Poetry: Katherine Hollander
GENERAL STRIKE, BERLIN 1920
Like a painting by a Dutch artist,
Vermeer or Rembrandt.
Van Gogh: “The Turnip Eaters.”
They pause, motionless, a tableau
in the dark apartment. Outside,
the street is an unlit hallway.
The tall lamps hang their heads
like tired horses.
Inside, the unseen wallpaper
is soft against the walls.
The room swims in darkness.
A man, a woman, a girl.
At home all day, they have been shy
with each other, unused to idleness.
They have read the paper, talked
a little. Now the woman stands
at the stove, one burner on,
a blue water lily of light.
In the pot, the stew is rich and black.
The man sits at the table,
his hands open like gray gloves.
The girl lifts a dish and light
licks its edge like a tongue of oil.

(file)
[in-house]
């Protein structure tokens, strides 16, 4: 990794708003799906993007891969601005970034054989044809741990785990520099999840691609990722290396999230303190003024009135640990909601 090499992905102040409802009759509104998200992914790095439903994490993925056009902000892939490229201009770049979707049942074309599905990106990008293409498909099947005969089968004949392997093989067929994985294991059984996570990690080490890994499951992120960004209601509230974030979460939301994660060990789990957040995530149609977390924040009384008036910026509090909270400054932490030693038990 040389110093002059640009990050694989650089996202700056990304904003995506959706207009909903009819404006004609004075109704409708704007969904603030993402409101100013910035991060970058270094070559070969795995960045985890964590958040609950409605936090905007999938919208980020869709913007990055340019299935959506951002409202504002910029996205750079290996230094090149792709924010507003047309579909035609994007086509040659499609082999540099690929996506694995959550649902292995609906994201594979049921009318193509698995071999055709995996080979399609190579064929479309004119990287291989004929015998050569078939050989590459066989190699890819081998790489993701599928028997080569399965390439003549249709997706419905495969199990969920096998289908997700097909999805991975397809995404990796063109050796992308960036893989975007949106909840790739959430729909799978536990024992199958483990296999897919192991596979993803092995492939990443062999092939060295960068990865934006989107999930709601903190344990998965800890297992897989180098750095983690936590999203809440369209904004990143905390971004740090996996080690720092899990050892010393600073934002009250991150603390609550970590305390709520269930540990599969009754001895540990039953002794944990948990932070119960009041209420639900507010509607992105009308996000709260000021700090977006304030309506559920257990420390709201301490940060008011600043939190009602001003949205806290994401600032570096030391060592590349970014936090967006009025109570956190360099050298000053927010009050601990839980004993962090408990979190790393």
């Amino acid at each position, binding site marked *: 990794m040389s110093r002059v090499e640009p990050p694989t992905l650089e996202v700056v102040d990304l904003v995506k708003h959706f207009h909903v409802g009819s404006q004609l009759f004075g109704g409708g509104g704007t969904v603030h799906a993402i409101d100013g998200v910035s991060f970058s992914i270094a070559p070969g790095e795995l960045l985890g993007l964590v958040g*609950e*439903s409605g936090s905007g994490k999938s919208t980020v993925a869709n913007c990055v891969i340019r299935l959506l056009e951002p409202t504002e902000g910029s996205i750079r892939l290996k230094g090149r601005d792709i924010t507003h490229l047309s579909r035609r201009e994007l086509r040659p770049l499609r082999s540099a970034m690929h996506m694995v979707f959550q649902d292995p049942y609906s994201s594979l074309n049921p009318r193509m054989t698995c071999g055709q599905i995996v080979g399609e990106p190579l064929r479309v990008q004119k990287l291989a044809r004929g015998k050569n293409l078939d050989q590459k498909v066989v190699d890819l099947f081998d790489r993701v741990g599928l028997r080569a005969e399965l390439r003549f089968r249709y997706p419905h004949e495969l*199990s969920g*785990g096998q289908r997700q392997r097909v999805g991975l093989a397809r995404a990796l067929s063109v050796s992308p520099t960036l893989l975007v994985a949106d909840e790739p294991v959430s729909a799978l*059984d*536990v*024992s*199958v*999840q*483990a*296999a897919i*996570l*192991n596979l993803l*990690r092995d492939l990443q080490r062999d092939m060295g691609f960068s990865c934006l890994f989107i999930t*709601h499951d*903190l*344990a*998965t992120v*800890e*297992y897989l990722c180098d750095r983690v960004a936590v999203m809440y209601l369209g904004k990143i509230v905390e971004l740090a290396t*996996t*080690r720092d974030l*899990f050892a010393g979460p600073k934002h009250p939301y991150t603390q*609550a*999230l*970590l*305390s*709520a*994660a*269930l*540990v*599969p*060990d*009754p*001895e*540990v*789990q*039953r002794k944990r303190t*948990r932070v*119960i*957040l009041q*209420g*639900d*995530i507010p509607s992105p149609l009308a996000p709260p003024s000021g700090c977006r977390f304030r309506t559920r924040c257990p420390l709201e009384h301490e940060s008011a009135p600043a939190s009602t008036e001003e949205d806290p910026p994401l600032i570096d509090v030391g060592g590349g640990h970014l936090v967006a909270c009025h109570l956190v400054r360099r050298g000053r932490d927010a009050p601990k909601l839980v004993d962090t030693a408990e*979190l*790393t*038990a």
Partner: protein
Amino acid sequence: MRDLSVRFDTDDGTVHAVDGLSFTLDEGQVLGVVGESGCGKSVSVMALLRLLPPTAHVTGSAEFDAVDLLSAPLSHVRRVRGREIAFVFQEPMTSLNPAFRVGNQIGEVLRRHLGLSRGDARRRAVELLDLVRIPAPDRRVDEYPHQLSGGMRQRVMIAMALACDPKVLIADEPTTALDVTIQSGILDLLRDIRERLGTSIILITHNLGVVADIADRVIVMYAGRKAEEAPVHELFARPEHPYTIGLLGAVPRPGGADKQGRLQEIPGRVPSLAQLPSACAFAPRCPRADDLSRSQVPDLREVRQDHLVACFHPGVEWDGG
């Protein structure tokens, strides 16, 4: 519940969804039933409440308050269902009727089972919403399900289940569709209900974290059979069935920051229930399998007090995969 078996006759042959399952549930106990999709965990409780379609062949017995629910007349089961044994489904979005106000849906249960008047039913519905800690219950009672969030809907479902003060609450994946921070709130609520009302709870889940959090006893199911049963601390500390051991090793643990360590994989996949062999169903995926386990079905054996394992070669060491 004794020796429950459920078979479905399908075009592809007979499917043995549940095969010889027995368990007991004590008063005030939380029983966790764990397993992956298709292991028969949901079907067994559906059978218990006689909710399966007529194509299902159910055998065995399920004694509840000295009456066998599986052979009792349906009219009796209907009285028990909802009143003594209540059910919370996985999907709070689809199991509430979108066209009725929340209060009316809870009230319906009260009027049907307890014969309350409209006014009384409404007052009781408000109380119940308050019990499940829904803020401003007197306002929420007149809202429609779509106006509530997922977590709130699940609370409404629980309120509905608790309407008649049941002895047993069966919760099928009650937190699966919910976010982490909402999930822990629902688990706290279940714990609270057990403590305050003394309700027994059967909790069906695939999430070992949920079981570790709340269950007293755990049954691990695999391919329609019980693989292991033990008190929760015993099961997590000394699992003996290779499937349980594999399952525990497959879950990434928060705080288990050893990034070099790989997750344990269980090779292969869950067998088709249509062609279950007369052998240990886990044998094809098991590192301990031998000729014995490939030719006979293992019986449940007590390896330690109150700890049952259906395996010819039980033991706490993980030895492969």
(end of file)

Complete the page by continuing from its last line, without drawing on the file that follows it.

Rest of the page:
She passes the dish to her mother.
The woman fills it with the black stew.
The man lifts his spoon like a beacon.
FOR MY BROTHER
I was ten, you were none.
You were red and warm
as a loaf of meat, and
somebody had bandaged you,
like a wound. I sat inside
the black teepee of my hair
with you in my arms. Your
parents weren’t your
parents, that was for sure.
You were from another world.
Your eyes were dark
and unfocused, like sapphires.
Some one is going to hurt you,
I whispered, but I won’t let them.
KATHERINE HOLLANDER’s poems and criticism have appeared in or are
forthcoming from AGNI Online, Pleiades, Salamander, Sugar House Review,
Verse, and others. She holds a master’s degree in creative writing
from Boston University, where she is now a PhD student in European
history, and has enjoyed residencies at the Vermont Studio Center and
the Brecht House in Denmark. Her manuscript, ‘My German Dictionary,’
was a finalist for the Four Ways Books Intro Prize and in 2009, she
won the Schmuel Traum Prize in Literary Translation for her work with
the poetry of Else Lasker-Schüler. She is now working on a libretto for a
composer at the University of Oregon.